This process will prevent uncertified software from booting. This may have benefits although I can't see them.
You have a new security mechanism to control what can and what can not boot from your hardware. A security feature. You don't feel like you need it until it's too late. But I digress.
I have read a thread on Linux mailing list where a Red hat ...
I just went through this with a recent laptop purchase that came with Windows 8, and UEFI secure boot. After a lot of time and research, here is what I can answer:
Doesn't sound like you fit into the 'home user' category.
The benefits of UEFI the average user will notice is that the first thing they see on their screen will be the Microsoft/Vendor ...
For secure boot to work, your Hardware should support secure boot and your OS should support secure booting.
For HW, you can check in UEFI setting menus and you need to add the certificates/keys provided by the OS
For OS, you can check the support by following commands :
[root@secureboot-guest ~]# cat /sys/kernel/security/securelevel
If output of above ...
For the most part an AV just scans files. It will remove malicious Windows payloads when running on Linux (and vice versa). The detection doesn't depend on the host architecture or operating system at all, as malware code is not being run by the AV at runtime. So, as long as you mount your Windows NTFS partition somewhere under Linux, you can tell your Linux ...
Following is the TYPICAL boot order for a secure boot supported Linux OS :
Shim.efi is loaded
BOOTX64.efi is loaded
BOOTX64.efi requests for grubx64.efi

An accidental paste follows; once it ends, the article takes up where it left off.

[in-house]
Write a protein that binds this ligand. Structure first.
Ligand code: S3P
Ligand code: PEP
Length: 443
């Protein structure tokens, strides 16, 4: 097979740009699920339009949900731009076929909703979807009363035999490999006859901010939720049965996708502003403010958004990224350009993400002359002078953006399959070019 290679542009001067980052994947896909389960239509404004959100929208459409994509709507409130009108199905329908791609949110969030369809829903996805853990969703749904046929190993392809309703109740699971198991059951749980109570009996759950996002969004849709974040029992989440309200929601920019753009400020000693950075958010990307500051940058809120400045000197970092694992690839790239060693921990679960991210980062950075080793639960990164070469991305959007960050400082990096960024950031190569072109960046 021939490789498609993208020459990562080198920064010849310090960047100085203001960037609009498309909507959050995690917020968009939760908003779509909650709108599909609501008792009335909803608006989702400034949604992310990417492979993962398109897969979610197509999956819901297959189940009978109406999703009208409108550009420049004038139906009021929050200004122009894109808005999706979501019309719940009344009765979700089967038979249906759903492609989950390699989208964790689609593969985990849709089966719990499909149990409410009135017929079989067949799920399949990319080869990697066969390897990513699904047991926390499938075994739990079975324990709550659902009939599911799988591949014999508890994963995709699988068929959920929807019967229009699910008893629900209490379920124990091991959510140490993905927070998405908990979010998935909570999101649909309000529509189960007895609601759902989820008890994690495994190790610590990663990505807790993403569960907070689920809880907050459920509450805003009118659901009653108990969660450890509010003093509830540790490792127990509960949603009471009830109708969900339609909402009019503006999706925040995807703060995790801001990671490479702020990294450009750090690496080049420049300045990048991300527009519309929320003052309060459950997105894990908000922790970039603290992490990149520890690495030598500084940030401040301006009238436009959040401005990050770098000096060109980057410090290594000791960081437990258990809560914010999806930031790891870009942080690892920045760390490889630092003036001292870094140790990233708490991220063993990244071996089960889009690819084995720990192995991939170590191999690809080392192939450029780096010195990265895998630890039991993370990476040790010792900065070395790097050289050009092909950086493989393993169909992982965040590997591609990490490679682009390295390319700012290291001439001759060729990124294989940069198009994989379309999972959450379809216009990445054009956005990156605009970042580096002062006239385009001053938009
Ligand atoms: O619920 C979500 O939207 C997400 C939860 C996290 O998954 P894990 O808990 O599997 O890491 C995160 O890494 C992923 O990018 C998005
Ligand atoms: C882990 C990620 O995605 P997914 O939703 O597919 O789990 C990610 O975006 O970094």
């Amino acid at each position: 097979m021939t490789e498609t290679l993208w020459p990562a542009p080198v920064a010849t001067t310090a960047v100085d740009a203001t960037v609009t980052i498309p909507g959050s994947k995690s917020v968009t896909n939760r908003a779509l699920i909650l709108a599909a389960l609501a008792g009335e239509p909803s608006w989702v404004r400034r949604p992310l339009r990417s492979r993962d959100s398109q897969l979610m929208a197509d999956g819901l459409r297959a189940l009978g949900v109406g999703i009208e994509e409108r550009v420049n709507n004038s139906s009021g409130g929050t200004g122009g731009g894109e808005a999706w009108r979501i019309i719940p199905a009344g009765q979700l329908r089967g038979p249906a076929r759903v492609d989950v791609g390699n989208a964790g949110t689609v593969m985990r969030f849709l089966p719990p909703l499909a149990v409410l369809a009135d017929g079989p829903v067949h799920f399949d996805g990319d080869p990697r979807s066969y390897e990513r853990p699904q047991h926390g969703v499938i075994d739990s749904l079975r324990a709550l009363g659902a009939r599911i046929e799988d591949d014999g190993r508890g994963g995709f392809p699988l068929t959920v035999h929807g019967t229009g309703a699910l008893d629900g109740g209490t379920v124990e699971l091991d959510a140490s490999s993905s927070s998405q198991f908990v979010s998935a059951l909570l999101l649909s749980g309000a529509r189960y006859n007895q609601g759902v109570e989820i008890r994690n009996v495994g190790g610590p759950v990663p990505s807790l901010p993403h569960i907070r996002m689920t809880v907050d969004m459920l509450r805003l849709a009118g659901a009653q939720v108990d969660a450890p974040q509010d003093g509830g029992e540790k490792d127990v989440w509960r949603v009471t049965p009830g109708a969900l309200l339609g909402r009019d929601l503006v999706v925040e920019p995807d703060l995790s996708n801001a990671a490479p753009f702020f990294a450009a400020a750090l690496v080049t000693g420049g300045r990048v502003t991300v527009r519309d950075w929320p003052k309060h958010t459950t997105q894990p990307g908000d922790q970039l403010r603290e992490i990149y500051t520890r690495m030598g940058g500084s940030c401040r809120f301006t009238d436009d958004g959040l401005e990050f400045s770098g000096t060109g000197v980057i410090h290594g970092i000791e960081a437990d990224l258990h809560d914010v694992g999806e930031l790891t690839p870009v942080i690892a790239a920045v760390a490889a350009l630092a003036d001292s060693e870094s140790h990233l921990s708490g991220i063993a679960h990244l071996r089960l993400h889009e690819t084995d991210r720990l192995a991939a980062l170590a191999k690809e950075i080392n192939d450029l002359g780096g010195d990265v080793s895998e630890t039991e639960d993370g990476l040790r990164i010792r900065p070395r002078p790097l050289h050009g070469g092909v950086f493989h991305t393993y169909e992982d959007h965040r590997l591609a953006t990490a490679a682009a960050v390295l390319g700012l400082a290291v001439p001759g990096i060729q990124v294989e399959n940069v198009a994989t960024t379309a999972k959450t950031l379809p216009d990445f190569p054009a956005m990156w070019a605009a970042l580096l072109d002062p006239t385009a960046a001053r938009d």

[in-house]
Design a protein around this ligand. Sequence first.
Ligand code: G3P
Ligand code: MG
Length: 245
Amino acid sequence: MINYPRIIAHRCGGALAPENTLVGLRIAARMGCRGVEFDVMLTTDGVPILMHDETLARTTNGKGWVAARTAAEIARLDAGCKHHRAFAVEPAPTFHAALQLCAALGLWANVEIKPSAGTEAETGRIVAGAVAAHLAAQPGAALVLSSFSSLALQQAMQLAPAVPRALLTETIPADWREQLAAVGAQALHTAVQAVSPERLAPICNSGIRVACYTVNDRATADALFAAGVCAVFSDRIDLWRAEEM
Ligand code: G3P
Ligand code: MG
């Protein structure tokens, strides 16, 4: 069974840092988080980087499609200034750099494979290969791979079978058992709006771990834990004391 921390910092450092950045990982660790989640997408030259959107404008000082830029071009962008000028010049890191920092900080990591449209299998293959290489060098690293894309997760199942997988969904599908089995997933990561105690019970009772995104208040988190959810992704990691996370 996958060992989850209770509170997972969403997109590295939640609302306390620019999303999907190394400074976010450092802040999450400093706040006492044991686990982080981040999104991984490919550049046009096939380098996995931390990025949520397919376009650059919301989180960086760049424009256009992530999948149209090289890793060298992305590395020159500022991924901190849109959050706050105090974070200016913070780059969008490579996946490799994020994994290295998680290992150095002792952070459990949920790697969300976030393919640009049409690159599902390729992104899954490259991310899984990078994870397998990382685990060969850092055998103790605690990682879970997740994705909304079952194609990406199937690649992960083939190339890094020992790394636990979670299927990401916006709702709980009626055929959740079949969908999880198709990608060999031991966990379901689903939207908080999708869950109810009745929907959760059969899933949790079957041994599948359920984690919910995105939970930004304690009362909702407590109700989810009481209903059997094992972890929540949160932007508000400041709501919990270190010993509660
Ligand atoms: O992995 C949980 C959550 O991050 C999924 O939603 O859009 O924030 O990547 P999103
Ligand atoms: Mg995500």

grubx64.efi request for grub.cfg
grub.cfg loads vmlinuz and initrd
So, in order to support secure boot, you must have BOOTX64.efi signed with your keys. Register your PK(primary key), KEK (Key exchange ...
Flash the ISO on the usb key as you would normally do.
navigate to ~\EFI\boot\
download signed HashTool.efi and PreLoader.efi in there
delete bootx64.efi and rename the PreLoader.efi as such
boot the thing and enroll ~\EFI\boot\loader.efi hash
EDIT: relevant bug
gparted is a nice GUI tool for resizing partitions, or ext partitions at any rate. I have not tried it on NTFS filesystems, although apparently it can.
So yes, you can resize now or later. Just backup your personal tish first, just in case. Of course, if you know what is good for you, you keep that backed-up anyway ;)
Note that you should not resize a ...
I found great article which describes such setup:
tl;dr: Sign grub config and initrd with GPG, generate grub binary which will enforce checks and sign it with secureboot keys.
Package for ubuntu which implements similar idea: https://github.com/JohnstonJ/ubuntu-secure-boot
As Linux does not support Secure Boot as of yet (without some kernel modification), there is no significant consequence of doing this.
is using this "insecure" mode somehow making me more susceptible to any "attacks" or the like
Maybe if you're using Windows, but if you care about security, then you wouldn't be using Windows in the first place. Linux is ...
In X.509v3 certificate lingo, a certificate extension can be specified as critical if the creator of the certificate (and/or the certifying authority) requires that whoever is validating this certificate must understand this extension or else treat this certificate as not valid.